Iran's Nuclear Threat Must Be Faced
Daniel Hannan, The Telegraph:
It won't be a "durable" ceasefire, Condi, and it won't be "sustainable"; not while the ayatollahs are in power in Iran. This war isn't about border security, or prisoner exchanges, or the status of the Shebaa Farms.
It isn't really about Lebanon at all, for Hizbollah is not, in any meaningful sense, an indigenous Lebanese phenomenon. The paramilitaries, rather, are creatures of Teheran: the Levantine branch of the Islamic Revolution.
The Iranian Hydra has many heads. afield as Bosnia. You can lop off the head called Hizbollah.
You can even cauterise the wound, by demilitarising southern Lebanon. But, as long as the monster's heart continues to beat in Teheran, the head will grow back. READ MORE
The Iranian Revolution of 1979 will one day be seen as an epochal event, as significant as the French Revolution of 1789 or the Russian Revolution of 1917.
Like those earlier upheavals, it immediately burst out from behind its borders, disregarding all the accepted rules about how states should deal with each other. Like them, it refused to recognise the legitimacy of foreign governments, and sought to replicate itself around the world.
The ayatollahs' contempt for national sovereignty was manifested in the very first act of their regime: the seizure of the US embassy. Diplomatic immunity is the foundation of all international relations.
Even during the Second World War, when irreconcilable ideologies fought to extirpate each other, embassy staff were peacefully evacuated through neutral countries. By seizing sovereign American territory, the revolutionaries were sending out a message: "We do not acknowledge your rules; we despise your notion of territorial jurisdiction".
And they got away with it. Even while the embassy staff were being held hostage, a counter-revolutionary group occupied the Iranian embassy in London. And how did we respond? We secured the building, our SAS men sliding down like spiders on their threads, and we handed it politely back to Teheran with a purse of money to compensate for the damage caused during the assault.
Not unnaturally, the mullahs concluded that they could have it both ways. They could continue to be accorded the privileges of a sovereign state without having to reciprocate. So began a global campaign to spread the revolution.
Iranian agents set out to radicalise the Shia populations of Iraq, the Gulf monarchies and the Fertile Crescent. They sought to reawaken the old faith among people who had long since turned away from it, notably in the Balkans and in Central Asia. Nor did they confine themselves to the Muslim world.
In 1989, Ayatollah Khomeini issued a fatwah against Salman Rushdie. In other words, the leader of Iran presumed to pass sentence on a British subject - a sentence reconfirmed by Khomeini's successor, Ayatollah Khamenei, last year.
In 1994, Iranian extra-territoriality crossed the Atlantic. A bomb in Buenos Aires killed 100 people and injured 250 more, prompting Argentina to issue warrants for a number of Iranian diplomats and politicians.
What possible strategic interest did Iran have in destroying a Jewish community centre in South America? The answer, surely, is that it was precisely the remoteness of the target that made it so attractive. The ayatollahs were again flaunting their ability to act whenever and wherever they chose.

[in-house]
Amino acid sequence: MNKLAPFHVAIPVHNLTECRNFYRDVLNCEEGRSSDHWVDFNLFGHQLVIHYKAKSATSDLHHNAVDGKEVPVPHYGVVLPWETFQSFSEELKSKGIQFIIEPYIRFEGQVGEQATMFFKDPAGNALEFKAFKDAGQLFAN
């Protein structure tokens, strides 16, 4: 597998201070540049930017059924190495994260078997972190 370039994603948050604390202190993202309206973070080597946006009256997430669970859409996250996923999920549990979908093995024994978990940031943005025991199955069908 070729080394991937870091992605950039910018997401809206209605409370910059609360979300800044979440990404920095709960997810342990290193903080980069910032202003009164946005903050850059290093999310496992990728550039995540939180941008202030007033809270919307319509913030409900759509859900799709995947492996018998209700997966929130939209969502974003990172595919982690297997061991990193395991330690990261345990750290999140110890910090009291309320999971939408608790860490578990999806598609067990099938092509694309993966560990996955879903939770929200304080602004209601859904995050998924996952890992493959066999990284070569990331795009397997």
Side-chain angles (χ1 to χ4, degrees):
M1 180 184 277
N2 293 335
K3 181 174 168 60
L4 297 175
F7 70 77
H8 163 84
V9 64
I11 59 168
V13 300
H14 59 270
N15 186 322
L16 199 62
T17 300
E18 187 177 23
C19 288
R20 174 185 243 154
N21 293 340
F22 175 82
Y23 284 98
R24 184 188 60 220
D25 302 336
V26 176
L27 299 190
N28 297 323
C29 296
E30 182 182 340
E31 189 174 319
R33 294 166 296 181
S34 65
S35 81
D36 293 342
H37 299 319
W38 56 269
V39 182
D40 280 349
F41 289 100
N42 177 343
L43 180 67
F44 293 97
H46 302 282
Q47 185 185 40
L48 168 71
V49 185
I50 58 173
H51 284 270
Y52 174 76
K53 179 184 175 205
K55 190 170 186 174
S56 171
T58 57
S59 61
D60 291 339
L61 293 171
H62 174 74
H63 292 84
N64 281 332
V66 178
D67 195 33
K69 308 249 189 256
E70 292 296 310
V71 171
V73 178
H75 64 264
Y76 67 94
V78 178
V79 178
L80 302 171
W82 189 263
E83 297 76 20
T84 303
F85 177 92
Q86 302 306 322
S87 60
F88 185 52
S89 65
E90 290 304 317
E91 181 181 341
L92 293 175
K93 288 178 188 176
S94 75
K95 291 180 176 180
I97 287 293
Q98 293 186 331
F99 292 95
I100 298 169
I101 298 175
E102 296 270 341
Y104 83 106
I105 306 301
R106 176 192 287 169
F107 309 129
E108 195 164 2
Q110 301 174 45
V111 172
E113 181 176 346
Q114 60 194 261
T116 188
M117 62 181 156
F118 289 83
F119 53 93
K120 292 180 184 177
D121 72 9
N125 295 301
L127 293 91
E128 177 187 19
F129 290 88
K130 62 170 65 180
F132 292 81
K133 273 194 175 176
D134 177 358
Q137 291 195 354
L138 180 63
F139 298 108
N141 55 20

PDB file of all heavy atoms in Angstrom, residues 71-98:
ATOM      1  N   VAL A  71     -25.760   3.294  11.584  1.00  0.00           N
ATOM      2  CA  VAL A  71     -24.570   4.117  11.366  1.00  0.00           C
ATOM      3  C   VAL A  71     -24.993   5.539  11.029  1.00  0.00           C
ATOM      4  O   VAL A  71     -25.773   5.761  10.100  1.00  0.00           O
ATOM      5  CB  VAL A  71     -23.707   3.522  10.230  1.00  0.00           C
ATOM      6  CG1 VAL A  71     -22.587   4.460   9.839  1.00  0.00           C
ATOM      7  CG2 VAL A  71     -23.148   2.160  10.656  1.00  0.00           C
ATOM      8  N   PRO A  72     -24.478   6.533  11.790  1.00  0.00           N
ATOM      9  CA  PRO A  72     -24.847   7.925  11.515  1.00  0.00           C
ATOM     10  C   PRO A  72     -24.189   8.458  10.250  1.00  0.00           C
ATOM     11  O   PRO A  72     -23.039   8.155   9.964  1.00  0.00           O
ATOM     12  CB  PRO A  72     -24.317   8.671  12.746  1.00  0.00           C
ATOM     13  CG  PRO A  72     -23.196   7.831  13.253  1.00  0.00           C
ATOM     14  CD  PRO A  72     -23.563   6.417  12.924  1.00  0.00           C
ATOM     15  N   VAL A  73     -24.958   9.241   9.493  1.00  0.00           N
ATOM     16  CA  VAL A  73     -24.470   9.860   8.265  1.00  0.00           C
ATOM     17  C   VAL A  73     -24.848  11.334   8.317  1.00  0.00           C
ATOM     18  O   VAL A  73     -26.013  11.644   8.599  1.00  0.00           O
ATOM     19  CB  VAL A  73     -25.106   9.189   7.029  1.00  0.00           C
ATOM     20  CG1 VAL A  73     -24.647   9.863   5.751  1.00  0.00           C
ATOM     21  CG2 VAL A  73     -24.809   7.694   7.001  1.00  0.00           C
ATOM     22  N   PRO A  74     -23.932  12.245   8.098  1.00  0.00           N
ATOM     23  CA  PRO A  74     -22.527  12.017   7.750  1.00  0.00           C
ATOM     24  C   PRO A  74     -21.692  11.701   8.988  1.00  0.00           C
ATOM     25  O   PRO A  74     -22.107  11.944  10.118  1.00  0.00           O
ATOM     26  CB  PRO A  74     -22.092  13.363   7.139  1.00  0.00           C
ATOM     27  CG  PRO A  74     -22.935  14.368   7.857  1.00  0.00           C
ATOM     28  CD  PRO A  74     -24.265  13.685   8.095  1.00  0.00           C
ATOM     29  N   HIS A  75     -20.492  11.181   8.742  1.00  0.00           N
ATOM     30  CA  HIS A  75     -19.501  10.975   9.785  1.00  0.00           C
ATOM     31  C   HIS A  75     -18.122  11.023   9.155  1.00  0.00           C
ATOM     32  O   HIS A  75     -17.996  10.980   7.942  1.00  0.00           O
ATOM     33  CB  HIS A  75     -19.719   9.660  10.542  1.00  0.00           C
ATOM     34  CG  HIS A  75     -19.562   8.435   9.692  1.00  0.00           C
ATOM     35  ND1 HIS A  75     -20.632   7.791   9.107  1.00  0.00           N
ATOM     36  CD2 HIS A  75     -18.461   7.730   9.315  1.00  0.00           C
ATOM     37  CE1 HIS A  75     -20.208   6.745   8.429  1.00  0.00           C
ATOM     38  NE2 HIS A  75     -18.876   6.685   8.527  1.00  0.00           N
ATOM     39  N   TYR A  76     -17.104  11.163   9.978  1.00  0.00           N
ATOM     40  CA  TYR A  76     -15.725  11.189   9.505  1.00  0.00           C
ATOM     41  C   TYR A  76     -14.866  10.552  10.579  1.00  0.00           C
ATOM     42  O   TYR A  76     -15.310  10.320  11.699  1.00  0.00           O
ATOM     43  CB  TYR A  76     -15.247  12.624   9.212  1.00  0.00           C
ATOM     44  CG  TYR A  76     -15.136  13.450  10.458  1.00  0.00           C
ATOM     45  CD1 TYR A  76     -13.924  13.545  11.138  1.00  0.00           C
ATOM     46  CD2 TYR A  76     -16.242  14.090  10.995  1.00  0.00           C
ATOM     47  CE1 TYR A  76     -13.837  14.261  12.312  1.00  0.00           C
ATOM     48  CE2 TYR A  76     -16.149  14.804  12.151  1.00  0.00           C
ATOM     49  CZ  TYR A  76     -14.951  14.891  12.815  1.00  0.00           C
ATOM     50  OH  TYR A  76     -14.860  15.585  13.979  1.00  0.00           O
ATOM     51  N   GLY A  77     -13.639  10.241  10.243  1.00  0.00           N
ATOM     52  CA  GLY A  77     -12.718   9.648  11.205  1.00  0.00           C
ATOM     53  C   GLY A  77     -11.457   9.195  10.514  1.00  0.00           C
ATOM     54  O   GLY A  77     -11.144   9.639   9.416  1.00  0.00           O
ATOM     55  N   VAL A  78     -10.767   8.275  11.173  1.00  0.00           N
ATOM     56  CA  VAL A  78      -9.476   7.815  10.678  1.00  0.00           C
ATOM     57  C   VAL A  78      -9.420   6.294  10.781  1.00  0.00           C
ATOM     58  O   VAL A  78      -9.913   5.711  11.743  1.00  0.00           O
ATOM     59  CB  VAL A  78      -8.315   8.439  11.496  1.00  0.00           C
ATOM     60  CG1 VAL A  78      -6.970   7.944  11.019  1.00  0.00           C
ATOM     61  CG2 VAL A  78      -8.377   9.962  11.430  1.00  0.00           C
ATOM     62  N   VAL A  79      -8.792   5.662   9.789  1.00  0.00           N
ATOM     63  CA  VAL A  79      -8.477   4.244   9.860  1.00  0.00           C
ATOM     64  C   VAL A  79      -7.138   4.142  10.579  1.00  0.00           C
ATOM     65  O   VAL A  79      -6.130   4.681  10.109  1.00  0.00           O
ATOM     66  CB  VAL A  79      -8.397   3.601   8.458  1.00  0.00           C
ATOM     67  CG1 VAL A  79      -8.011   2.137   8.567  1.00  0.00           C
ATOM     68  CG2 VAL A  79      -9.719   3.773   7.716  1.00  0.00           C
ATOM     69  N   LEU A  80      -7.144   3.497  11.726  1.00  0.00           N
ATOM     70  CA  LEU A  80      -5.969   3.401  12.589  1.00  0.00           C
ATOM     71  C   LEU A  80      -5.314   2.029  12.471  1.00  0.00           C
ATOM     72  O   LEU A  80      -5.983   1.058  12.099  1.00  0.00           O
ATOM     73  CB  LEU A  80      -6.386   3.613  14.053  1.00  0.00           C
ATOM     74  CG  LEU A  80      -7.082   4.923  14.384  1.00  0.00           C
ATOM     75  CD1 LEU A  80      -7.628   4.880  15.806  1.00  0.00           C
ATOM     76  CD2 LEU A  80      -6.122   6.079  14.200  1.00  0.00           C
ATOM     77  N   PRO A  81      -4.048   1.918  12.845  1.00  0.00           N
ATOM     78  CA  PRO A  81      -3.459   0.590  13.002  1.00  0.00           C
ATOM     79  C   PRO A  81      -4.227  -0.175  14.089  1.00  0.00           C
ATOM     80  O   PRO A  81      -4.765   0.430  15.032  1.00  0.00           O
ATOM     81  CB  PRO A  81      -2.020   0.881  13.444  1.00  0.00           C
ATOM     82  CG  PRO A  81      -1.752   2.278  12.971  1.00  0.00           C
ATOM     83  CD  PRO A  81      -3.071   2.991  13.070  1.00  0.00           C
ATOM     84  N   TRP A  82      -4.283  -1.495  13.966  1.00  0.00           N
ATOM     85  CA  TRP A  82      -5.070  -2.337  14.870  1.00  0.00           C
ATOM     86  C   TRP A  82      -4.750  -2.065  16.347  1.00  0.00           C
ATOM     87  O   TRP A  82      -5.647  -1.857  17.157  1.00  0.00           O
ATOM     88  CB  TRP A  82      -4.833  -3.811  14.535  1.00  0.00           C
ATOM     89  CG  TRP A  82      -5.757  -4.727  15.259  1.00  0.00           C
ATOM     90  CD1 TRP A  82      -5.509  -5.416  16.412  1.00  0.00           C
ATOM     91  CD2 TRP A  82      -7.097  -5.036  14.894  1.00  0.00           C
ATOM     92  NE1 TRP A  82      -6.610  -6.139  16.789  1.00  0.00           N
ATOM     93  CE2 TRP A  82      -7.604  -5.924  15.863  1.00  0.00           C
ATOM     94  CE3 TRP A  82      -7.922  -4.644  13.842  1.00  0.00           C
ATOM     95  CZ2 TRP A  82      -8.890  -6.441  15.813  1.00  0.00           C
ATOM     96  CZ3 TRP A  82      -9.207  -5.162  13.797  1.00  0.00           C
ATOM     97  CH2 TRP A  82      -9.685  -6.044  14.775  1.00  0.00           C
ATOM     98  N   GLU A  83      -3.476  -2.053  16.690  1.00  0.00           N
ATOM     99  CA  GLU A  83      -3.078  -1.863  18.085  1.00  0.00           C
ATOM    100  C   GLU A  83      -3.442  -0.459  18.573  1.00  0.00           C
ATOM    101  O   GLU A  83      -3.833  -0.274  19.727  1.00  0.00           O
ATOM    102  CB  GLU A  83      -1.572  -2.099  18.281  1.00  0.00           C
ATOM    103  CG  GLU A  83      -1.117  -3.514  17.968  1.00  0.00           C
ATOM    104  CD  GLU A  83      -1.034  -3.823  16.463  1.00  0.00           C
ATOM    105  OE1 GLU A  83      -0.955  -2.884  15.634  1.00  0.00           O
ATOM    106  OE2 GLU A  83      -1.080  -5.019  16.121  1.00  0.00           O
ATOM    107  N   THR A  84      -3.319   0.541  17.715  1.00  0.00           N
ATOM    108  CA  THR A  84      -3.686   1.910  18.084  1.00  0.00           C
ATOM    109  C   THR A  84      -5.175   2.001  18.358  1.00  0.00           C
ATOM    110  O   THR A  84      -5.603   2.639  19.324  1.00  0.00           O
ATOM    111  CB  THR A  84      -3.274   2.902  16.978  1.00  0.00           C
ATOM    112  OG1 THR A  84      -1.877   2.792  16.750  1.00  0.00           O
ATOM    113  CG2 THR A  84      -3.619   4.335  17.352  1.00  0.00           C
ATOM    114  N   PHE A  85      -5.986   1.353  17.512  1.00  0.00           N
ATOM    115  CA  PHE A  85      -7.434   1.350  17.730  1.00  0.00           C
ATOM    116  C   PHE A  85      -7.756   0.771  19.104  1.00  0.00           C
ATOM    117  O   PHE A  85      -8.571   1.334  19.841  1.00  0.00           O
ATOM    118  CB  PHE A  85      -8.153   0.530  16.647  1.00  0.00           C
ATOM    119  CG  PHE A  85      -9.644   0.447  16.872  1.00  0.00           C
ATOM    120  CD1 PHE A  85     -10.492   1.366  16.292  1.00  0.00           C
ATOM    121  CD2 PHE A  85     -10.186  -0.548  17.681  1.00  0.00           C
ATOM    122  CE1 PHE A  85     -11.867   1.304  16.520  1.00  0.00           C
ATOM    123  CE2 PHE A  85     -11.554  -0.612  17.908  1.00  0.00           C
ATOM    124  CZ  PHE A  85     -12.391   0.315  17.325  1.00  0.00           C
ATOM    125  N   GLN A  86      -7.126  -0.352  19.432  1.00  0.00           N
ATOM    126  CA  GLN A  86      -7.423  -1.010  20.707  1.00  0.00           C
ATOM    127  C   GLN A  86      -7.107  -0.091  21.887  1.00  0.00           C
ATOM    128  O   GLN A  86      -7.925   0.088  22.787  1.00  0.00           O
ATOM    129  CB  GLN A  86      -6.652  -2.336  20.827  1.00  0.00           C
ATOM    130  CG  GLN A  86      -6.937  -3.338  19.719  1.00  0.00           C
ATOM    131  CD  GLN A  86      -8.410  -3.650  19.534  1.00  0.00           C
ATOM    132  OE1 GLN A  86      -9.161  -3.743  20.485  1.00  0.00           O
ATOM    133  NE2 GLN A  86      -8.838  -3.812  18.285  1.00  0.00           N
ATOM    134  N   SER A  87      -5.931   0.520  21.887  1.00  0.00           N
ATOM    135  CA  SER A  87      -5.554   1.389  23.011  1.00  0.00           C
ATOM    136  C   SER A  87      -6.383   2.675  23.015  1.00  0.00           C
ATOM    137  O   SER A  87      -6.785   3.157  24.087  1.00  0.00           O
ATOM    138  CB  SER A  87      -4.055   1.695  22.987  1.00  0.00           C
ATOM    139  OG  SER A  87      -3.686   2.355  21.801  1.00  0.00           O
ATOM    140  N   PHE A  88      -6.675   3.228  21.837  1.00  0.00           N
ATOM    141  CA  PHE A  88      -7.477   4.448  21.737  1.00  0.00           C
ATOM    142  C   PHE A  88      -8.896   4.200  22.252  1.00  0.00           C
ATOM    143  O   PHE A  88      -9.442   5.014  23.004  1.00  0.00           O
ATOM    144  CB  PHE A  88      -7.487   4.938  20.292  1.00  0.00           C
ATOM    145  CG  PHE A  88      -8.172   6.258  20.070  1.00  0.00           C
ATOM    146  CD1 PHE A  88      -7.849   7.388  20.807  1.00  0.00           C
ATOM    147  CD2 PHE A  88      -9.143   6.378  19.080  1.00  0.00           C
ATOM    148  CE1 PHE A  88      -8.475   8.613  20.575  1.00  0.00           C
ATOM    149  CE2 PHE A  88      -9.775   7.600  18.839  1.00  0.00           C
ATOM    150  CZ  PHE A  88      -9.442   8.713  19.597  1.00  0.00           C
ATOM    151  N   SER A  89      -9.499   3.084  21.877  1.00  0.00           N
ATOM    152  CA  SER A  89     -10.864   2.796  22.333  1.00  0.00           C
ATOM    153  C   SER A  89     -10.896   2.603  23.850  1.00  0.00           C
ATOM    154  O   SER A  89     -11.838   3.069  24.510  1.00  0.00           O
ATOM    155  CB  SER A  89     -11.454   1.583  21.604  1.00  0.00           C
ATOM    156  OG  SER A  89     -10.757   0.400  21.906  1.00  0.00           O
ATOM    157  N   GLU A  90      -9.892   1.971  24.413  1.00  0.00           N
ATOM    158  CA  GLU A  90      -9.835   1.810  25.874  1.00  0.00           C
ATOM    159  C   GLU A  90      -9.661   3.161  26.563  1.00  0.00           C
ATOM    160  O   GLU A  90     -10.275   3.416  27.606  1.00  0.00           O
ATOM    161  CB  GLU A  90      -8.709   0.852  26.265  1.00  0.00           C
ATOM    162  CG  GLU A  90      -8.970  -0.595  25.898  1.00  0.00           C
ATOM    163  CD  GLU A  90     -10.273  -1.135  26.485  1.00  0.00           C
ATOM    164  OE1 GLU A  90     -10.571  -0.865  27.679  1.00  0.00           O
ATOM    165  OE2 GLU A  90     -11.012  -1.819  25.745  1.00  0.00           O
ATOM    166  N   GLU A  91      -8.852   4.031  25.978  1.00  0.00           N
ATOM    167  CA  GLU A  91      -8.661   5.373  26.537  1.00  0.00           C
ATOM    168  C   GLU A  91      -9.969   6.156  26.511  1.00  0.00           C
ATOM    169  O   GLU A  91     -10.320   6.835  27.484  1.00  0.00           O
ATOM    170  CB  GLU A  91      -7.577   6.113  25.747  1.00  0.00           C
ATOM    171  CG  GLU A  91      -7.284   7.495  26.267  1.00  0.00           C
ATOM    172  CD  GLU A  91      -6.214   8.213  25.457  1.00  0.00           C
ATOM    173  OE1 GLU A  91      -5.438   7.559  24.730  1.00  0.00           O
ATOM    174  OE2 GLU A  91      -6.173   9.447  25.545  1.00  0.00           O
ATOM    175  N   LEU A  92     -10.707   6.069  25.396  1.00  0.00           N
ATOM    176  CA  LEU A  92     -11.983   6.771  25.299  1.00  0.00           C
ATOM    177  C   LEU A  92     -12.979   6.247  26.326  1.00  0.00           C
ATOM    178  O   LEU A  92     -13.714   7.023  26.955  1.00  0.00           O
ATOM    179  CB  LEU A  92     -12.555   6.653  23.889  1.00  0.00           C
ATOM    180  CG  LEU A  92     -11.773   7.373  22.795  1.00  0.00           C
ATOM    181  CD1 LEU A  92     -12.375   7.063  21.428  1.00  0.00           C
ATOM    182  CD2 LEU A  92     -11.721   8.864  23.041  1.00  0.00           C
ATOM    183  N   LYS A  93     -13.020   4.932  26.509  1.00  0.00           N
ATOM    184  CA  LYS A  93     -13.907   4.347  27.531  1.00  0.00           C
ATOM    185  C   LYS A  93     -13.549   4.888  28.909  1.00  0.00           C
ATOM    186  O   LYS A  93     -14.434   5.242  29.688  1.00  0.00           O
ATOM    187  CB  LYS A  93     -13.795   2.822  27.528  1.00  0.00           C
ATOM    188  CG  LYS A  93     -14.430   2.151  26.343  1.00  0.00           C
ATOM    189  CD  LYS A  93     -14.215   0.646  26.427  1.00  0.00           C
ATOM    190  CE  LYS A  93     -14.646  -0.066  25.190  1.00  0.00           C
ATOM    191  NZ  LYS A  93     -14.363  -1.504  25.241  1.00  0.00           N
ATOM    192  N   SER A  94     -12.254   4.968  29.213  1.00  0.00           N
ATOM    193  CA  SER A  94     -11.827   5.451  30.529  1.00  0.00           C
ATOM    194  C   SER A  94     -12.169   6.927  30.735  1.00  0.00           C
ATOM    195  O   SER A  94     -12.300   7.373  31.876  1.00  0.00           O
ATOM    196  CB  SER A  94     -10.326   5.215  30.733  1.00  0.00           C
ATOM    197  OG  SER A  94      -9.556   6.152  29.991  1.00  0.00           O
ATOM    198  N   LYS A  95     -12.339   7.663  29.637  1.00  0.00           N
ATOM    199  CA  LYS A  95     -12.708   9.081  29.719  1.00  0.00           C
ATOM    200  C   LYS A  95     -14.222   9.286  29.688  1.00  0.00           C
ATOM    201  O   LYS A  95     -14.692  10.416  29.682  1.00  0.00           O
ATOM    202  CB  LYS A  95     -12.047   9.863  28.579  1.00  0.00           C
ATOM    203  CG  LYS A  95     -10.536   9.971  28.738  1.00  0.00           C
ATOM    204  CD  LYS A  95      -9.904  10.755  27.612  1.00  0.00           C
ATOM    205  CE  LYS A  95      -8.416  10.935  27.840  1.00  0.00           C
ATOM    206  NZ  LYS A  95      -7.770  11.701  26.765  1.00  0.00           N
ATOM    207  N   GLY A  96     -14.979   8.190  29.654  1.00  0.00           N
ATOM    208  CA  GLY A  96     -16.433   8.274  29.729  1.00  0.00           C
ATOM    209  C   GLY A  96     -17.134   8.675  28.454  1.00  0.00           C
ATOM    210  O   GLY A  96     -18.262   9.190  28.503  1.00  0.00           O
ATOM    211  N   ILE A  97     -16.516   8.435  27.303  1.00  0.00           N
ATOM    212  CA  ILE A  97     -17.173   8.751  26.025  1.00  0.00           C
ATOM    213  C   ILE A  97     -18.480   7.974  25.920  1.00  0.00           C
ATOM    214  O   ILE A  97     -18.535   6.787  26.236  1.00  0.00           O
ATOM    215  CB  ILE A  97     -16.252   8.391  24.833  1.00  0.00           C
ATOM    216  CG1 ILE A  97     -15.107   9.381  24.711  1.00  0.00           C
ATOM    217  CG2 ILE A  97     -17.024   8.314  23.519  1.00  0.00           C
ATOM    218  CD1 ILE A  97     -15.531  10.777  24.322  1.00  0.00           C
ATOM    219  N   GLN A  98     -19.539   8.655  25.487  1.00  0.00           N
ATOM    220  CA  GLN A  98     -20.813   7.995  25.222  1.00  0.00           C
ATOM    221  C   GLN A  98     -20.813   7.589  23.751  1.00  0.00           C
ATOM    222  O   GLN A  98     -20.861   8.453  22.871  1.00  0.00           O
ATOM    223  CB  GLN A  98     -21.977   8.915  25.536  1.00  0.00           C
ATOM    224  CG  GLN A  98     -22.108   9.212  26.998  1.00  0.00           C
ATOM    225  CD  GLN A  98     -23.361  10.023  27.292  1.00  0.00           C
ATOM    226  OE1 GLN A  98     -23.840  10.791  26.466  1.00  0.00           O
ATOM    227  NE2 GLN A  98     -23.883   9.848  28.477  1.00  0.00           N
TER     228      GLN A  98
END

These are the same men, remember, who are three or four years away from developing nuclear weapons. They already have Shahab-3 missiles, which, in their modified form, have a range of 1,500 miles.
But why worry about delivery mechanisms? We have already seen the mullahs' readiness to equip their proxies in Lebanon with rockets, their agents in South America with bombs. Can we be confident that they would not tack on nuclear warheads?
I am no neo-con. I opposed the Iraq war, because I didn't believe that Saddam had WMD. But who can doubt that Iran is developing them?
Indeed, Iran provides the answer to one of the great conundrums of the decade, namely: why did Saddam pretend that he still had weapons stocks when he had in reality destroyed them? The answer, it seems, is that he didn't want the ayatollahs to see how weak he was.
A legacy of the Iraq war is that it is much harder to make the case for confronting Iran militarily. Still, there are plenty of intermediate steps that we could take: targeted sanctions, seizure of assets, direct assaults on arms facilities - even, in extremis, the kind of siege, complete with a no-fly-zone, that paralysed Saddam between 1991 and 2003.
At the same time, we could sponsor internal dissent. Plenty of groups oppose the mullahs: monarchists, communists, students, secularists. There are Kurds, Arabs, Turkmen and Azeris with little loyalty to the Persian state. There are Iranian Sunnis who are not even allowed a mosque in Teheran (unlike their co-religionists in London).
But we must first recognise the magnitude of what we are up against. The 1979 revolution introduced many Muslims to the novel idea that there was a conflict between their faith and their secular loyalties.
When Britain made war on Ottoman Turkey in 1915, a Cabinet memo fretted that "attacking the Caliphate might agitate our Mussulmans in Egypt and India".
In the event, of course, British Muslims volunteered happily to fight for the Crown, seeing no tension between their private devotion and their civic duties. Their sons and grandsons were, for the most part, equally patriotic. Yet today, some of their great-grandsons are crossing half the world to take up arms against British troops.
This is the poisonous ideology that we are fighting. Our chief purpose in defeating it should not be to restore the comity of nations, nor to bolster Muslim moderates, nor even to bring freedom to the long-suffering Iranian people - though all these would be happy side-effects. Our main object, rather, must be to forestall a nuclear attack.